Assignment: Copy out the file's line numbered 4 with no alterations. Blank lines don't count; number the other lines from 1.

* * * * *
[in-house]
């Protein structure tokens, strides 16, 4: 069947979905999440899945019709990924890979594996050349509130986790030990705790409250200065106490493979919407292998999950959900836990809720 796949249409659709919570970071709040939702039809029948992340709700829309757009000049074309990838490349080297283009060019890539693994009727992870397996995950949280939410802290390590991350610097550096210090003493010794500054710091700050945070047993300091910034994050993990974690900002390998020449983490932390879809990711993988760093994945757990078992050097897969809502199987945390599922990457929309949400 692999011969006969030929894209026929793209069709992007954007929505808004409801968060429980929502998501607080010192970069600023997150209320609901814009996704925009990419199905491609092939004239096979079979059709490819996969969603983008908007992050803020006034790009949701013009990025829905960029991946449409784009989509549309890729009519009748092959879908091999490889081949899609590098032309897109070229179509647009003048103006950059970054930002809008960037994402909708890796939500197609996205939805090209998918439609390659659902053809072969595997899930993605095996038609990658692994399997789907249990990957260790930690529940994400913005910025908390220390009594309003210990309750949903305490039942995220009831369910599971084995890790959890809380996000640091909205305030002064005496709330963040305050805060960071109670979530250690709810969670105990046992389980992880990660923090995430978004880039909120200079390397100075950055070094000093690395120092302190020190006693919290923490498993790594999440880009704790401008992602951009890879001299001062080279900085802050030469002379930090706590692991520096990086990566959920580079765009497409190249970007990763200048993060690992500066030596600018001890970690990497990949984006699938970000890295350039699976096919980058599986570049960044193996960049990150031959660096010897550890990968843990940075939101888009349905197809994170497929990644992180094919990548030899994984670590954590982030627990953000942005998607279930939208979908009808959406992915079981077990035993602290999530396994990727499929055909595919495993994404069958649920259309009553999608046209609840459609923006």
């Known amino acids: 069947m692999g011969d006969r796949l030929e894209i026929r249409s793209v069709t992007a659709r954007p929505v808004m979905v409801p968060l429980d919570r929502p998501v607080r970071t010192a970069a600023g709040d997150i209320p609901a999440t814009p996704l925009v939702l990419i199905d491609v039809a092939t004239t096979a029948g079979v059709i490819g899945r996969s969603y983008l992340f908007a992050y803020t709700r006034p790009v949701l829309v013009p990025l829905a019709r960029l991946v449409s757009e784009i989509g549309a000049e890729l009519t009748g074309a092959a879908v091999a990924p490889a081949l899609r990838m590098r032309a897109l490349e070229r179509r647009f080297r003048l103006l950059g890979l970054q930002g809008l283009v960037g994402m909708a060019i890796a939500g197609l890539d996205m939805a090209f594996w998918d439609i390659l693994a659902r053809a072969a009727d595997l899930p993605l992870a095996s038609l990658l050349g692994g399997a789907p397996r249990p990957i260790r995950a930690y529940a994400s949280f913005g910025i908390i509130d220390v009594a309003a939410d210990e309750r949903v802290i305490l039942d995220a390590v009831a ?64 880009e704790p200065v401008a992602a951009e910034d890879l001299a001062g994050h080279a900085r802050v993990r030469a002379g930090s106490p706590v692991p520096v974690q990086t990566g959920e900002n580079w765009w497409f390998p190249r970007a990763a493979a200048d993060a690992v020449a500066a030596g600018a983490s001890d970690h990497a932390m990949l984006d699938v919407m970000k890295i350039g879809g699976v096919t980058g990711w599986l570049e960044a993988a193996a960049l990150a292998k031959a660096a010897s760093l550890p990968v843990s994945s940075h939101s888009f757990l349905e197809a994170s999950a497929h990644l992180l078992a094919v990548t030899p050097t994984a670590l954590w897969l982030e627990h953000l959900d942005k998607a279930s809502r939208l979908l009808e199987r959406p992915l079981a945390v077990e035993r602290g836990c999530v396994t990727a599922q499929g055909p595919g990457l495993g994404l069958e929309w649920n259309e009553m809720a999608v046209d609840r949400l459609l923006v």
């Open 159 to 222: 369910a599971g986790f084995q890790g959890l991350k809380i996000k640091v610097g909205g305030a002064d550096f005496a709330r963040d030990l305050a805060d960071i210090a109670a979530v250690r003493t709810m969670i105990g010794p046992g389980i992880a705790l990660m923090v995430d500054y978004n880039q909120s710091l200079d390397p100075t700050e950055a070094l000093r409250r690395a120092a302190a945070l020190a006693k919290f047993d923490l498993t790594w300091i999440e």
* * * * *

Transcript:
């Open 159 to 222: 369910a599971g986790f084995q890790g959890l991350k809380i996000k640091v610097g909205g305030a002064d550096f005496a709330r963040d030990l305050a805060d960071i210090a109670a979530v250690r003493t709810m969670i105990g010794p046992g389980i992880a705790l990660m923090v995430d500054y978004n880039q909120s710091l200079d390397p100075t700050e950055a070094l000093r409250r690395a120092a302190a945070l020190a006693k919290f047993d923490l498993t790594w300091i999440e």